Influence of the Interfacial Water Transfer on the Analysis of Dynamic Sorption and Desorption Experiments in Nafion® Membrane

Wednesday, October 14, 2015: 08:20
212-C (Phoenix Convention Center)
S. Didierjean (LEMTA, Université de Lorraine, Vandoeuvre-lès-Nancy, LEMTA, CNRS, Vandoeuvre-lès-Nancy), J. C. Perrin (Université de Lorraine, LEMTA CNRS), F. Xu (LEMTA - Université de Lorraine - CNRS), G. Maranzana, J. Mainka (LEMTA, CNRS, Vandoeuvre-lès-Nancy, LEMTA, Université de Lorraine, Vandoeuvre-lès-Nancy), and O. Lottin (LEMTA, Université de Lorraine, Vandoeuvre-lès-Nancy)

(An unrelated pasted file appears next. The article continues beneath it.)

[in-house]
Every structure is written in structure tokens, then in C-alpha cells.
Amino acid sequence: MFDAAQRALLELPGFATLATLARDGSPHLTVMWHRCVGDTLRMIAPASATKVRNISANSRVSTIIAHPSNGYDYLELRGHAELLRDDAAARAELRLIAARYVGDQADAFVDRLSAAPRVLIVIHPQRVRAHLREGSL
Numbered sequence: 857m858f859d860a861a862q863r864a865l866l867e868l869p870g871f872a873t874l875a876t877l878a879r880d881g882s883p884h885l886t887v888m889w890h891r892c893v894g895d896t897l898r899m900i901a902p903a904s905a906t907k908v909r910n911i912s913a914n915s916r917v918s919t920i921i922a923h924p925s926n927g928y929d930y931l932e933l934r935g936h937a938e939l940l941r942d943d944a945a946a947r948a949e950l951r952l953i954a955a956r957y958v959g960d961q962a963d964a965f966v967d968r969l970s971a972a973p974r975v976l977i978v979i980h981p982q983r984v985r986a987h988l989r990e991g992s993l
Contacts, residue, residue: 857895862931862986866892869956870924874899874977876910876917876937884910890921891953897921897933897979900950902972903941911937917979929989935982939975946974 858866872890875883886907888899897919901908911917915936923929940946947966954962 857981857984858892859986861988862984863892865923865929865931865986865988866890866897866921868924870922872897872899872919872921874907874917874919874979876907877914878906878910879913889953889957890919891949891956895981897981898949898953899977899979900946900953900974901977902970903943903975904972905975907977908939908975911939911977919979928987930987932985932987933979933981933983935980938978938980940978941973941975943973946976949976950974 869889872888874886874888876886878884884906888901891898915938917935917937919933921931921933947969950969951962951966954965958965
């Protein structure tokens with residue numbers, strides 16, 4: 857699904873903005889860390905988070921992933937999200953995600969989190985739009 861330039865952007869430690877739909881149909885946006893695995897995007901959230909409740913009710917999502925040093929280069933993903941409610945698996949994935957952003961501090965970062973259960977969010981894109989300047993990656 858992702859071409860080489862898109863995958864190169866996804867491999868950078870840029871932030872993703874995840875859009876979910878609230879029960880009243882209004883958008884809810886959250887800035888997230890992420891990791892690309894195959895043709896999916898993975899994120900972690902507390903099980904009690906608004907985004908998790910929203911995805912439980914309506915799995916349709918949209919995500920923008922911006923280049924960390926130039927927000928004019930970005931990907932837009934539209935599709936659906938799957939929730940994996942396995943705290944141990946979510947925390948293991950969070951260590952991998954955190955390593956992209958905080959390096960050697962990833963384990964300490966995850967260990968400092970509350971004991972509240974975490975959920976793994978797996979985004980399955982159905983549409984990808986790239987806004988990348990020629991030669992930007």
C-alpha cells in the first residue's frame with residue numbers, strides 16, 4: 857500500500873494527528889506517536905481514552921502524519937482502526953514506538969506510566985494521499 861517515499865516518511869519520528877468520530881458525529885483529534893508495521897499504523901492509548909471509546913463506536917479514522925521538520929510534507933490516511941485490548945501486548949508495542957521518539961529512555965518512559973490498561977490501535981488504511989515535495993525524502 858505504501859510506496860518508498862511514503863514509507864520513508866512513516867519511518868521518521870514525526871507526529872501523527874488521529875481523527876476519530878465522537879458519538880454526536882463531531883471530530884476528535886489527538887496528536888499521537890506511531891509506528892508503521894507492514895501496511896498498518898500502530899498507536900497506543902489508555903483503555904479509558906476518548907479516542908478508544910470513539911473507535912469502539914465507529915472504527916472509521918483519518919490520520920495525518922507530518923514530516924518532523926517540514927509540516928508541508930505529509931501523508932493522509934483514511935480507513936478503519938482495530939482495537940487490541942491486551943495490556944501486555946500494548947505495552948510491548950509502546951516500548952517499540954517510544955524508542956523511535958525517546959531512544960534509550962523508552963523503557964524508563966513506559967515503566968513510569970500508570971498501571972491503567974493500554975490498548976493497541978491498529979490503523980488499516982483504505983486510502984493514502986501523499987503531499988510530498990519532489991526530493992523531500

Water sorption and desorption in Nafion®117 membranes in acid form were studied by means of dynamic experiments as a response of relative humidity steps from 20% to 80% using a balance IGASORP (Hiden Isochema Ltd) which allows the measurement of very small mass variations with an accuracy of about 1 mg. The recorded mass variations with time of the membrane samples were analyzed by means of the least squares method based on a model that takes into account a transfer resistance at the interface between the membrane and the surrounding humid gas [1]. As the diffusion time is small (the diffusion coefficient being large), the diffusive internal resistance can be neglected compared to the interfacial resistance so that the water content of the membrane can be assumed uniform, which was confirmed using NMR imaging [2]. The model predicts than the kinetics of sorption is much faster than the kinetics of desorption, and the comparisons with the experimental results show a good agreement and give the value of the corresponding mass transfer coefficients (Figure 1). These results also agree with the results reported by Satterfield and Benziger [3] and they contribute to the debate concerning the existence of an interfacial resistance as reported in the recent review of Weber et al. [4]. For the experimental conditions considered in this study, the membrane is in equilibrium with the humid gas at the interface but the main resistance to water transfer is located in the humid gas phase.


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